They will grow year round indoors under fluorescent light but come summer, they should be put outside to grow thicker and to keep the color vibrant. Pinching off developing flowers will also promote a bushier growth (1).
Sometimes, fittonias will get too leggy if there is not enough light exposure. Also, the spreading stems that spill over the pot tends to dry out because the growing roots are not getting enough moisture.
These overgrowths should be trimmed to strengthen the plant’s form and since fittonias can easily develop roots, these cuttings can also be used as propagules. They can be readily inserted into the soil and allow the roots to form (4).
Common Pests and Diseases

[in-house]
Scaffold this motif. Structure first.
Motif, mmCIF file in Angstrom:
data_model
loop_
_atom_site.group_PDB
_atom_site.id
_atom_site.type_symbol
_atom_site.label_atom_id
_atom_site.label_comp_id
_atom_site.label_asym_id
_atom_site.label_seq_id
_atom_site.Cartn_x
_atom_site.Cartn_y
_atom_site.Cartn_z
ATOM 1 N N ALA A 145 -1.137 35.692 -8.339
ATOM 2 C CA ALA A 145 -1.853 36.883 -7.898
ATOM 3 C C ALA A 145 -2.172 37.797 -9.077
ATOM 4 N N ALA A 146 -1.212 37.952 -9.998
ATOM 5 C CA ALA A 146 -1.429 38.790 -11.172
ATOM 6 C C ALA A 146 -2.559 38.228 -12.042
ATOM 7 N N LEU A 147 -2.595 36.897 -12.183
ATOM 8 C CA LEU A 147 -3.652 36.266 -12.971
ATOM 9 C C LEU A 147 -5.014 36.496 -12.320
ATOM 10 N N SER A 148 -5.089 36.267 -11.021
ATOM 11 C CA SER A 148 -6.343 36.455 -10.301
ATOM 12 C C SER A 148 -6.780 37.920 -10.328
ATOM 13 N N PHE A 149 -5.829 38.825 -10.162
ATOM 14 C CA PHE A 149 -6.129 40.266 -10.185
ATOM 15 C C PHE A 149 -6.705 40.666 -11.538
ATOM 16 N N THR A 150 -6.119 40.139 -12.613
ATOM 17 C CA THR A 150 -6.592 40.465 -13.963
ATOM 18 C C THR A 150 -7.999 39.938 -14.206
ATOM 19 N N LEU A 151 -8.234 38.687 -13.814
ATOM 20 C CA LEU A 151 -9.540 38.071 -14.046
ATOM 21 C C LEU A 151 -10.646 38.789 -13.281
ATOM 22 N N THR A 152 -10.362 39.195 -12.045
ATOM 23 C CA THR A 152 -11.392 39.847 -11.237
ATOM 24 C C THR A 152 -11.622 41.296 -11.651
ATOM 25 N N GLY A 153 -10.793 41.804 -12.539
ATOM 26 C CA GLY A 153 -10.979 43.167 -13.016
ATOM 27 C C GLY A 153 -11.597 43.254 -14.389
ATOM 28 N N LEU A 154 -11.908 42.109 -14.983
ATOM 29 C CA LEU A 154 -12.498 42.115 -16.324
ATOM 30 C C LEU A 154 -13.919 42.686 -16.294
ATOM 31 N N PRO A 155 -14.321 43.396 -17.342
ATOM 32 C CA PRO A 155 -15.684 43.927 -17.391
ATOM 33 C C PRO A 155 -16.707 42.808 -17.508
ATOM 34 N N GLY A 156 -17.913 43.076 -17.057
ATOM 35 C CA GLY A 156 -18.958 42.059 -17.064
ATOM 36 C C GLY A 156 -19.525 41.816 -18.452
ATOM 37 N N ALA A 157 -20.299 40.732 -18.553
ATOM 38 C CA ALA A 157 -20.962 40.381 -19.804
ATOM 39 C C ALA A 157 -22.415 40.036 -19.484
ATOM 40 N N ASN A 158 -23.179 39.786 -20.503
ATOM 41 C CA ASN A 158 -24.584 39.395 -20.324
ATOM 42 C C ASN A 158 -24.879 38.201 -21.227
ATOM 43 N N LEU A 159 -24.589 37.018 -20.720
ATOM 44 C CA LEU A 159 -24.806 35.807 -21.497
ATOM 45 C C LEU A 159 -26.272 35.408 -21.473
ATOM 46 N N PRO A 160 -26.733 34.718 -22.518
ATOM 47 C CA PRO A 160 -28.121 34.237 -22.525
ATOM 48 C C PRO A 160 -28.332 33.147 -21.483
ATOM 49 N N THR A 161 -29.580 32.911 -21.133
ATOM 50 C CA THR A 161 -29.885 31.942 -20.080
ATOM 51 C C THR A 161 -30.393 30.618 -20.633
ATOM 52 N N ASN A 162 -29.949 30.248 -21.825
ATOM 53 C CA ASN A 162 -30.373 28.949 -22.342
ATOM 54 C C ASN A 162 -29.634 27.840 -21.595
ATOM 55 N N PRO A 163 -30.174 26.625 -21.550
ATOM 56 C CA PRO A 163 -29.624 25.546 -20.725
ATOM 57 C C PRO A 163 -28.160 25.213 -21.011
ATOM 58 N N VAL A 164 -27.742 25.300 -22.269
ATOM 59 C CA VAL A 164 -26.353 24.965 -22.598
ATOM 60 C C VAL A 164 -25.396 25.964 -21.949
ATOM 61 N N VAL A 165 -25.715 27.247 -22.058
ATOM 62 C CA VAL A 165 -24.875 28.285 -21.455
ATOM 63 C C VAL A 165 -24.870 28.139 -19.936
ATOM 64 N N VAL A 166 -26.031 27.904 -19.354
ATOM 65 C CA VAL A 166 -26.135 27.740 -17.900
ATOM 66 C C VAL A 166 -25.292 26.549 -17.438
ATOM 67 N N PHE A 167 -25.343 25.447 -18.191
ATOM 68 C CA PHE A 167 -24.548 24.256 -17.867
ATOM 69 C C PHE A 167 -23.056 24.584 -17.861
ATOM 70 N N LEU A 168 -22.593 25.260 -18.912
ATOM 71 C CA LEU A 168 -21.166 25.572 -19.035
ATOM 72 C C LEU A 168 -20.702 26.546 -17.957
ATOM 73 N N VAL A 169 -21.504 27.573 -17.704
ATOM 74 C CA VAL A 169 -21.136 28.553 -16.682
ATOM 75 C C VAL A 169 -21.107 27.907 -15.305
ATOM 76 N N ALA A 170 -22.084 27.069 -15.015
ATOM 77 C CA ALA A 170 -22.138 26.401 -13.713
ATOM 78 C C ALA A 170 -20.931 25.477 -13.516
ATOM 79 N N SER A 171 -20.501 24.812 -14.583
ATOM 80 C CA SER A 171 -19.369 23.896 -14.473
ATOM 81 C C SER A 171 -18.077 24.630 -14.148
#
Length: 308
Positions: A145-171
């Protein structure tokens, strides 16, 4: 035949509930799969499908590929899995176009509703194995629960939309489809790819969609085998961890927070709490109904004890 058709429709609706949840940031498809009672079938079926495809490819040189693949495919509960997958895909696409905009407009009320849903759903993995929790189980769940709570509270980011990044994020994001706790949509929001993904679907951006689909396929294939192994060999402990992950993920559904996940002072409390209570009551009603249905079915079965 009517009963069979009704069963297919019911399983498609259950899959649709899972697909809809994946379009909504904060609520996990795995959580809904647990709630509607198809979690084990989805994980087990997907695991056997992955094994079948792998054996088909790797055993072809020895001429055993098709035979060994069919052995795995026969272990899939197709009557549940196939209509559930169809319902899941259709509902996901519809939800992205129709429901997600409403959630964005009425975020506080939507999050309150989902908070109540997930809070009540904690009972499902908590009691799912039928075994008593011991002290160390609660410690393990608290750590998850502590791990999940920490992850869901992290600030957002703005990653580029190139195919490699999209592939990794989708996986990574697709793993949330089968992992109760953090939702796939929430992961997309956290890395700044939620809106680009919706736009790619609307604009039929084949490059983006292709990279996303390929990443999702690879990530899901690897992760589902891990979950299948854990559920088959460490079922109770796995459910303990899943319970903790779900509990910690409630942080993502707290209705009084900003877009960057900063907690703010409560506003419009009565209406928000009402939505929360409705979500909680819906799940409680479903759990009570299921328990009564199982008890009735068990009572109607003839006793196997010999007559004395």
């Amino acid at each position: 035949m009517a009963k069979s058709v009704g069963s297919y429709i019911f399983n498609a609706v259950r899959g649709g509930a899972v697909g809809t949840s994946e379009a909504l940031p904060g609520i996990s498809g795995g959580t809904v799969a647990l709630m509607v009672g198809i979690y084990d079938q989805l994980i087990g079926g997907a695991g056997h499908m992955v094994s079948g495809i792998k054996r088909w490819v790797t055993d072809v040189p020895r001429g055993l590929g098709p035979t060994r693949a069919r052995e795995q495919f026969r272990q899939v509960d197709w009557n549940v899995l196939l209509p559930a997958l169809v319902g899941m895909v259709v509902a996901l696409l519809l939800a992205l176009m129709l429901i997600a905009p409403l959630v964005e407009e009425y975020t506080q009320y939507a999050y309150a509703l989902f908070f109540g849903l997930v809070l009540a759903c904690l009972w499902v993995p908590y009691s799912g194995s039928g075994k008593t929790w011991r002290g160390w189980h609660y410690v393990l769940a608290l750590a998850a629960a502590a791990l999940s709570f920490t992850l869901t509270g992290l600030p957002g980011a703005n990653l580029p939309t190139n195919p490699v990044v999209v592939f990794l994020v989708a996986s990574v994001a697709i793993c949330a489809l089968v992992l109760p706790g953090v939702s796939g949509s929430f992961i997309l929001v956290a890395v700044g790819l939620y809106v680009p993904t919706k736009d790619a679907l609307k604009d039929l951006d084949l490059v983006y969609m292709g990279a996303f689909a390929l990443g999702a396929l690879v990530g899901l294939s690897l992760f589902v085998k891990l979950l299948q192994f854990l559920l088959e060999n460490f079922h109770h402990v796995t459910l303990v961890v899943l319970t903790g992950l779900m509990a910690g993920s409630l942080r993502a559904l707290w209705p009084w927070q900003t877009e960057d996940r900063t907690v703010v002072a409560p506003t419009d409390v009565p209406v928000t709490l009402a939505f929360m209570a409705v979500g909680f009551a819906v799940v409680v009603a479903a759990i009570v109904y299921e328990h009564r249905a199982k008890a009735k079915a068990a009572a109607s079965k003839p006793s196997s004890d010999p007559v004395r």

Mealybugs and aphids often attack the new growth of fittonias. This can be remedied by isolating the plant and manually removing the pests with tweezers or a cotton swab dipped in alcohol.
This should be done regularly until there are no signs or pests. Strong commercial pesticides are not recommended as they may damage the delicate leaves (5).
The soft stems and leaves of nerve plants and the moist soil that they need make them vulnerable to fungus infection.
Water and neem oil mixture applied to the soil is an effective way of getting rid of gnats but if the plant has been kept in standing water for too long, it is best to repot with fresh soil mixture.
Best Types of Nerve Plant to Grow Indoors
Although the common fittonia is green and white, there are also other varieties that come in shades of red and pink. Here are some of our favorites: